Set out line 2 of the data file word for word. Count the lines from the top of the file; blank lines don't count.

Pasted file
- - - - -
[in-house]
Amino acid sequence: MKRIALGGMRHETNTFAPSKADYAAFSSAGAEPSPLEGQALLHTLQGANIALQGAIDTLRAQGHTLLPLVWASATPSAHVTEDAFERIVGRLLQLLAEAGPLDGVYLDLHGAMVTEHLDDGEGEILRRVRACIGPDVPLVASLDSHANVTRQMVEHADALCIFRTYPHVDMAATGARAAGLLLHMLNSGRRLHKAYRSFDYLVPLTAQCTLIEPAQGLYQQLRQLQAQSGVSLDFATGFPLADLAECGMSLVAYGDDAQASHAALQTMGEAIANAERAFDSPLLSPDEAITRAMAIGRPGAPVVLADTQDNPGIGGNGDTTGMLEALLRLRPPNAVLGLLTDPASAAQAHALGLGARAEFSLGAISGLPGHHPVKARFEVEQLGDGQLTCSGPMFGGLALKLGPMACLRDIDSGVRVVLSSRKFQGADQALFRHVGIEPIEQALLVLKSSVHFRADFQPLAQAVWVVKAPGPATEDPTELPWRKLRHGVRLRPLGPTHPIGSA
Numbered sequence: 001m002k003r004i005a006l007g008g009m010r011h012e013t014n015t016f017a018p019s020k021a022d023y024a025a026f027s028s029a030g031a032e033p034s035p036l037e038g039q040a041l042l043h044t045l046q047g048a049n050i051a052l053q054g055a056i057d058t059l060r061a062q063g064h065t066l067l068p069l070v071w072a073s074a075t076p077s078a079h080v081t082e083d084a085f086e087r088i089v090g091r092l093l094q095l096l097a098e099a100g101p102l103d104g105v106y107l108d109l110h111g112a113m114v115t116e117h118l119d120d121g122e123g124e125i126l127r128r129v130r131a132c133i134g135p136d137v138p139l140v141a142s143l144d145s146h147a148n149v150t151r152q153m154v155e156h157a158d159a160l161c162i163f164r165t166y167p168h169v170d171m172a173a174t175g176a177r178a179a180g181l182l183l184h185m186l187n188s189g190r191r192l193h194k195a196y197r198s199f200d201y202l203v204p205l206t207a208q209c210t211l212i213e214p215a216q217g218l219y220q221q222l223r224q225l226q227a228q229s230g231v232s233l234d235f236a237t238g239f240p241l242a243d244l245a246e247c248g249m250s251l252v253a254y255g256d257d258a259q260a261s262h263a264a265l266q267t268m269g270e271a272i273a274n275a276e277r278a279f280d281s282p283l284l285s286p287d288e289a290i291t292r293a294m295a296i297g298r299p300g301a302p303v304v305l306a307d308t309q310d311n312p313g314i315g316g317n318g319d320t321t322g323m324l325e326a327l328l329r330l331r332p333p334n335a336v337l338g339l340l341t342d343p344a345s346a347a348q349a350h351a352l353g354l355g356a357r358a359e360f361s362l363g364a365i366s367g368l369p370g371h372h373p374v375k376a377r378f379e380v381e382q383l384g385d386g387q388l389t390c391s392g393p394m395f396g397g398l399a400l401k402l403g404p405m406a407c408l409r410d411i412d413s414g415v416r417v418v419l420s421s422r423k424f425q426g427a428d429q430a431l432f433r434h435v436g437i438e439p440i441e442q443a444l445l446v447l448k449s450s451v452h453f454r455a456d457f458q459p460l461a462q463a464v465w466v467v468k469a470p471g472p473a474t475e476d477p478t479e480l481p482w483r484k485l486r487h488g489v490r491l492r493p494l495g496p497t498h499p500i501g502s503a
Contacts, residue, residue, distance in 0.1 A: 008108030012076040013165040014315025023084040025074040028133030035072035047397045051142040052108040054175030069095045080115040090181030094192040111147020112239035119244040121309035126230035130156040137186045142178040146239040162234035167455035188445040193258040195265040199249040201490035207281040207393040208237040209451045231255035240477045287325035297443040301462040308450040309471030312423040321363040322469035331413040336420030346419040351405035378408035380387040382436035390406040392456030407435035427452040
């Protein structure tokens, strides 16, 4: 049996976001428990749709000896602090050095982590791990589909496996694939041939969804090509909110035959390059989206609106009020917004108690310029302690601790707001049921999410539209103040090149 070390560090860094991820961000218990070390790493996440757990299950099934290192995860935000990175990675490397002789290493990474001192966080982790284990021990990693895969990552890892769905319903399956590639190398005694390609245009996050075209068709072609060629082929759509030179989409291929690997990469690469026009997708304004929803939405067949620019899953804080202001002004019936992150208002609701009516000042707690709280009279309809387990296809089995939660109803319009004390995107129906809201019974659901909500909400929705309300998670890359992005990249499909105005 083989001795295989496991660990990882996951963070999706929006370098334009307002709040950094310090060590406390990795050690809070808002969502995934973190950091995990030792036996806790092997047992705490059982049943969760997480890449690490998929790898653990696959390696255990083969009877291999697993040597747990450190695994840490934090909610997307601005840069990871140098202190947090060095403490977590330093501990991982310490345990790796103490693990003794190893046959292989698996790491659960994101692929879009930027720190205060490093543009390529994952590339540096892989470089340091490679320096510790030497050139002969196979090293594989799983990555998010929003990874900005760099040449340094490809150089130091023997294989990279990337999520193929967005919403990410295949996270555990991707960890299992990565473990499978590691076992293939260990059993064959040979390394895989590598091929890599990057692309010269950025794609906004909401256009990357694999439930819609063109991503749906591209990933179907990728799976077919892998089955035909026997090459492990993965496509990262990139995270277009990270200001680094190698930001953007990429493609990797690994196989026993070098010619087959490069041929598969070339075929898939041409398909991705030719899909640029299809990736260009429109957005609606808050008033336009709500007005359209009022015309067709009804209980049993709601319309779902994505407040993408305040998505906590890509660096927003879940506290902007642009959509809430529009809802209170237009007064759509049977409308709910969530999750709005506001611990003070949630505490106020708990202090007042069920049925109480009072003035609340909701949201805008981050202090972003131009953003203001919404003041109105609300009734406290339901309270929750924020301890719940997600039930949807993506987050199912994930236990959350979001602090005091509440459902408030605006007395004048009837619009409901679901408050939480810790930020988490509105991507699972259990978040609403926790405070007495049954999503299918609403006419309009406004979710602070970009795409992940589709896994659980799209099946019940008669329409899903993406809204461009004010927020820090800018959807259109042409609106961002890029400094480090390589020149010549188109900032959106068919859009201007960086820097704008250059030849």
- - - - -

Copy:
Amino acid sequence: MKRIALGGMRHETNTFAPSKADYAAFSSAGAEPSPLEGQALLHTLQGANIALQGAIDTLRAQGHTLLPLVWASATPSAHVTEDAFERIVGRLLQLLAEAGPLDGVYLDLHGAMVTEHLDDGEGEILRRVRACIGPDVPLVASLDSHANVTRQMVEHADALCIFRTYPHVDMAATGARAAGLLLHMLNSGRRLHKAYRSFDYLVPLTAQCTLIEPAQGLYQQLRQLQAQSGVSLDFATGFPLADLAECGMSLVAYGDDAQASHAALQTMGEAIANAERAFDSPLLSPDEAITRAMAIGRPGAPVVLADTQDNPGIGGNGDTTGMLEALLRLRPPNAVLGLLTDPASAAQAHALGLGARAEFSLGAISGLPGHHPVKARFEVEQLGDGQLTCSGPMFGGLALKLGPMACLRDIDSGVRVVLSSRKFQGADQALFRHVGIEPIEQALLVLKSSVHFRADFQPLAQAVWVVKAPGPATEDPTELPWRKLRHGVRLRPLGPTHPIGSA